WASHINGTON – The day after Hispanic congressmen gathered with priests and Hispanic families to pray that wisdom be granted to members of the Senate, a bipartisan bill to reform immigration failed to garner the votes needed to move into voting on the issue.
Rep. Luis Gutierrez, D-Ill., a member of the Hispanic Congressional Caucus, led a news conference on the terrace of the Cannon House Office Building on the morning of June 27. He said the purpose of the assembly was “so that together with our prayers we can enlighten the Senate of the United States and encourage people to have the courage to do what is right and what is correct.”
Gutierrez and Rep. Joe Baca, D-Calif., along with religious leaders, spoke in favor of comprehensive immigration reform, a topic Gutierrez called a “moral issue.”
But June 28 the Senate, after weeks of debate, failed to pass a bill that would have established a path toward citizenship for millions of illegal immigrants already in the United States while strengthening border security. The vote to limit debate and proceed to a vote on the bill was 14 votes short of the 60 it needed, with a vote of 46-53 in favor of limiting the debate.
Catholic reaction to the failed attempt to pass the immigration bill has been largely negative.
Bishop Gerald R. Barnes of San Bernardino, Calif., issued a statement June 29 as chairman of the U.S. Conference of Catholic Bishops’ Committee on Migration, saying the bishops were troubled by the failure to reform the immigration system. He called the current state of the system “morally unacceptable.”
“The U.S. bishops shall continue to point out the moral deficiencies in the immigration system and work toward justice until it is achieved,” he said.
Father Larry Snyder, president of Catholic Charities USA, called the Senate’s inability to agree on comprehensive immigration reform a “monumental failure for our country.” He lamented the unchanged fate of the estimated 12 million illegal immigrants who live in fear of deportation.
“Today’s action to give up on the bill leaves in place the status quo – a deeply flawed, untenable and much-criticized immigration system that is (in) desperate need of reform,” Father Snyder said in a statement.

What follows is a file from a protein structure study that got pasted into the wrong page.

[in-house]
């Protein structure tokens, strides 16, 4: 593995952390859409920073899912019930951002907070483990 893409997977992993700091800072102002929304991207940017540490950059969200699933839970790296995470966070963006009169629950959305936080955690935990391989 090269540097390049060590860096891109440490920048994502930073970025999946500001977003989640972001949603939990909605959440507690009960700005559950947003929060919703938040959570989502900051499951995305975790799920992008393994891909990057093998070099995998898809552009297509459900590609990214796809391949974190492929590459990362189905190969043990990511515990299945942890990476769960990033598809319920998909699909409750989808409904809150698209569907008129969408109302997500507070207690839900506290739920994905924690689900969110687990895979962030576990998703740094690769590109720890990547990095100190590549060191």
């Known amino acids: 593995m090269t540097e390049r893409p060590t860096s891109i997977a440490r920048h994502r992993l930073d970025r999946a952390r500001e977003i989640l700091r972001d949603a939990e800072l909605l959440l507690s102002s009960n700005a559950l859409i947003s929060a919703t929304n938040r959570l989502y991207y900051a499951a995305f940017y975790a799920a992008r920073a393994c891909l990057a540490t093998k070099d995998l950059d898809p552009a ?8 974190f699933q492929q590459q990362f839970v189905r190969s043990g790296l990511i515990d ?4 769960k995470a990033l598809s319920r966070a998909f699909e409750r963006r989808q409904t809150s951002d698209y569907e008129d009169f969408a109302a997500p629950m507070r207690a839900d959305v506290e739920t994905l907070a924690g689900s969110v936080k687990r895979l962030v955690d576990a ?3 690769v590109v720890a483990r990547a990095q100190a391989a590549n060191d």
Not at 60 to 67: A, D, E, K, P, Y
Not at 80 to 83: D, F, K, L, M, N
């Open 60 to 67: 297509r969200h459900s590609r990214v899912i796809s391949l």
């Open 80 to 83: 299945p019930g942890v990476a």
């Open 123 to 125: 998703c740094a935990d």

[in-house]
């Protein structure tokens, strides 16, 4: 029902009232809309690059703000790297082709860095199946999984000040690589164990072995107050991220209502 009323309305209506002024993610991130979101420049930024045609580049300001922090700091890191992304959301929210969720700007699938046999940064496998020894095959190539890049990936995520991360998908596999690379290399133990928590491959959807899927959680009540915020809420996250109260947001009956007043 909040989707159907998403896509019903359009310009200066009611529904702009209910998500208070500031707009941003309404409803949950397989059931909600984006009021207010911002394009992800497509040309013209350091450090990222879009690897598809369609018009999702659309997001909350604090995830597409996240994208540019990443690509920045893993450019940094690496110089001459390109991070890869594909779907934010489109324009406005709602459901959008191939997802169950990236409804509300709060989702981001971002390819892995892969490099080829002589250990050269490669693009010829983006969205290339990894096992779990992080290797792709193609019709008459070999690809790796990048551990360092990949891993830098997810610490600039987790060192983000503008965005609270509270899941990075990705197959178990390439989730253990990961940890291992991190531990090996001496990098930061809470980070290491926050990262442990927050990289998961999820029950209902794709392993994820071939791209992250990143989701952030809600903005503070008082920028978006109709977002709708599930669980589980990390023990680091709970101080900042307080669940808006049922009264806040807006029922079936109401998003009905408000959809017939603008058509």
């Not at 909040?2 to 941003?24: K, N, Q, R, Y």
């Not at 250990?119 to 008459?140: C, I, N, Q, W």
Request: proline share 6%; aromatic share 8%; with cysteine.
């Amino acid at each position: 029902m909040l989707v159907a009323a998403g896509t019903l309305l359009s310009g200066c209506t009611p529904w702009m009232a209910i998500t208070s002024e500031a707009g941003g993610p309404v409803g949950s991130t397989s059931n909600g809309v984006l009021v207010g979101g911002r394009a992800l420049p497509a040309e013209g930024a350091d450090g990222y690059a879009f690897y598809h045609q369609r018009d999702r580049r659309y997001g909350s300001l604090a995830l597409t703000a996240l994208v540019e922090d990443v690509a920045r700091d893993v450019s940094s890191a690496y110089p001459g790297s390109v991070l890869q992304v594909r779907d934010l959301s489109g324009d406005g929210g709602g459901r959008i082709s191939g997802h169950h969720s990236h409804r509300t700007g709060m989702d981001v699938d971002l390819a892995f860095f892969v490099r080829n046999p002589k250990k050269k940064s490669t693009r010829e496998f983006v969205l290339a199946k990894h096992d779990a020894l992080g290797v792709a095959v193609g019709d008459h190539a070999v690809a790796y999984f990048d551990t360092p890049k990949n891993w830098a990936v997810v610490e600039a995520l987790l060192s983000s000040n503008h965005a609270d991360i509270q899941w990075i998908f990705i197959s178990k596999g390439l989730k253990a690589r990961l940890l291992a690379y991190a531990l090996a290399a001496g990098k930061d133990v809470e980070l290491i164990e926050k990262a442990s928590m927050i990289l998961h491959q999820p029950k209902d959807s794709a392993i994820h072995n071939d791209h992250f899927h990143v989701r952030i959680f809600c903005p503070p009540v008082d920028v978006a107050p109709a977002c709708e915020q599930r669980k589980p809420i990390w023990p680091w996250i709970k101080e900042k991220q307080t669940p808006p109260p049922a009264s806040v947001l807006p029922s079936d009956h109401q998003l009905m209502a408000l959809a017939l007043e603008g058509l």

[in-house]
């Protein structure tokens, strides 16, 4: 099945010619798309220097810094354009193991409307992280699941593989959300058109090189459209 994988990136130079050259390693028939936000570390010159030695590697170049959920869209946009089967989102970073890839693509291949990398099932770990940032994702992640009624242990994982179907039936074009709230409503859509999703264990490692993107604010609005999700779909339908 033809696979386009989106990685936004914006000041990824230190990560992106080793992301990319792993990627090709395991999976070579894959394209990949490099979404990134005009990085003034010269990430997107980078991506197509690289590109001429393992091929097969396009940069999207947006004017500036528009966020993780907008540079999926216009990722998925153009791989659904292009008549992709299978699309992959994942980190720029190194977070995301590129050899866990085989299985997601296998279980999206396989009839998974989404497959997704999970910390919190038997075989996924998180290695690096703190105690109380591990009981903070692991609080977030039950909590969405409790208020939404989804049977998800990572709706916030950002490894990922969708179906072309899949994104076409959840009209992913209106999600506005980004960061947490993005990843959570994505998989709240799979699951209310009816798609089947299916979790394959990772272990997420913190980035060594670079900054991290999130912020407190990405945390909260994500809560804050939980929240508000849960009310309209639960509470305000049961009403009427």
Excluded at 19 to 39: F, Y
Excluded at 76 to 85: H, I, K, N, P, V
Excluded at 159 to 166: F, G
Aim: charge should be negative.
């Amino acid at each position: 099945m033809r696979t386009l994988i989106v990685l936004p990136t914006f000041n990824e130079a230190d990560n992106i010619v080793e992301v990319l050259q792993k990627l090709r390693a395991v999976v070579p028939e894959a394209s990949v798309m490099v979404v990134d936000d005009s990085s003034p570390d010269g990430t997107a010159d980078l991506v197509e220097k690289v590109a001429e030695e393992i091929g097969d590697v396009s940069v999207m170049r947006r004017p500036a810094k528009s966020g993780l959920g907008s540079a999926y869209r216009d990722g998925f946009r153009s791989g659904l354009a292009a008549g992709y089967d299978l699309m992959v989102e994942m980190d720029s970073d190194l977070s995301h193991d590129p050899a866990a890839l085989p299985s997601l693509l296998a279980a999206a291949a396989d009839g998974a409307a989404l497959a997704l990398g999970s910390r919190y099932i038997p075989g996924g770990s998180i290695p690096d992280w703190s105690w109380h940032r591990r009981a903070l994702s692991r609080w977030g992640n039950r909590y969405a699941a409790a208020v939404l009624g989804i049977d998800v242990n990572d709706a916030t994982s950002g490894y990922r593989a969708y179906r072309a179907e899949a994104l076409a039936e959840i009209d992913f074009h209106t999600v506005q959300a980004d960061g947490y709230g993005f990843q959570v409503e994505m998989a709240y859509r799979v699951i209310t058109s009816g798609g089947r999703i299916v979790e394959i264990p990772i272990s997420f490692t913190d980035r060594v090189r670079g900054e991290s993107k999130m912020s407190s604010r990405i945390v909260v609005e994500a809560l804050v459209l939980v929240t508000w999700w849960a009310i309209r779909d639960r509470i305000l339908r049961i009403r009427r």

Opponents of the bill, mostly Republicans, refused to approve the legislation because they said strengthening border security should be a prerequisite to expediting the legalization of millions of immigrants.
Speakers at the Hispanic caucus’ news conference argued that the immigration system, as it currently exists, damages immigrant families. An immigration system that splits up families is wrong, Gutierrez said.
“Our families are the cornerstone of society,” he said.
Cardinal Roger M. Mahony of Los Angeles also issued a statement about the failed bill, which he said would have affirmed human dignity for immigrants. He echoed the message of those at the news conference, saying that the current system contributes to the separation of families.
“Every day that this status quo is permitted to exist is a moral failure for our nation, as well as a legislative one,” he said.
Although most analysts predict that the issue of immigration reform will not come to a vote again until after the 2008 elections, Father Snyder encouraged Congress to rise above partisan politics to deliver a solution this year.
Cardinal Mahony acknowledged it is unlikely that the Senate will take up the immigration topic again in the next few months but said the Catholic Church would remain active in supporting effective immigration reform legislation.
Gutierrez expressed confidence that religious communities would play the role of advocate for immigrants on social justice issues as they have done in the past – such as for civil rights for African-Americans in the 1960s. And the government should listen, he said, because it has a responsibility to protect immigrants.
“We will stand up in every church across this country to say that our government has a responsibility to defend the most vulnerable of our society,” Gutierrez said. “And the most vulnerable of our society today is our immigrant community – our undocumented community.”
At the caucus’ news conference, speakers refuted the idea that illegal immigration is limited to the U.S.-Mexican border. Many of them interspersed their English with Spanish, but stressed that the immigration debate is not just a Hispanic issue, but rather an issue that affects all Americans.
“Immigration is not just a Hispanic issue, or an Irish issue. It isn’t just an African issue; it isn’t just an Asian issue,” Baca said. “It isn’t an issue specific to one group of people nor is it an issue specific to any one place. It’s not just about security issues, agricultural issues, business issues – it’s America’s issue.”
Irish-born Father Brendan McBride, coordinator of the Irish Immigration Pastoral Center in San Francisco, and Father Michael Leonard of the Chicago Irish Immigrant Support Center, who is also a native of Ireland, told the mostly Hispanic group that – as Irish Catholics – they could empathize with the experience of prejudice and exclusion.
“We understand the hurt of not being able to travel back for a funeral, of not being able to travel home for a wedding,” Father McBride said. He said the Catholic community would keep the fight for comprehensive immigration reform alive.
Before the measure died in the Senate, Gutierrez had expressed confidence that the immigration bill would proceed to the House, but warned Republicans that the patience of the immigrant community was running out. The members of the immigrant community, he said, are not “hordes of people that have come here to destroy our American way of life,” as he said some people claim.
“We are hardworking people that want an opportunity to contribute even better to America,” Gutierrez said.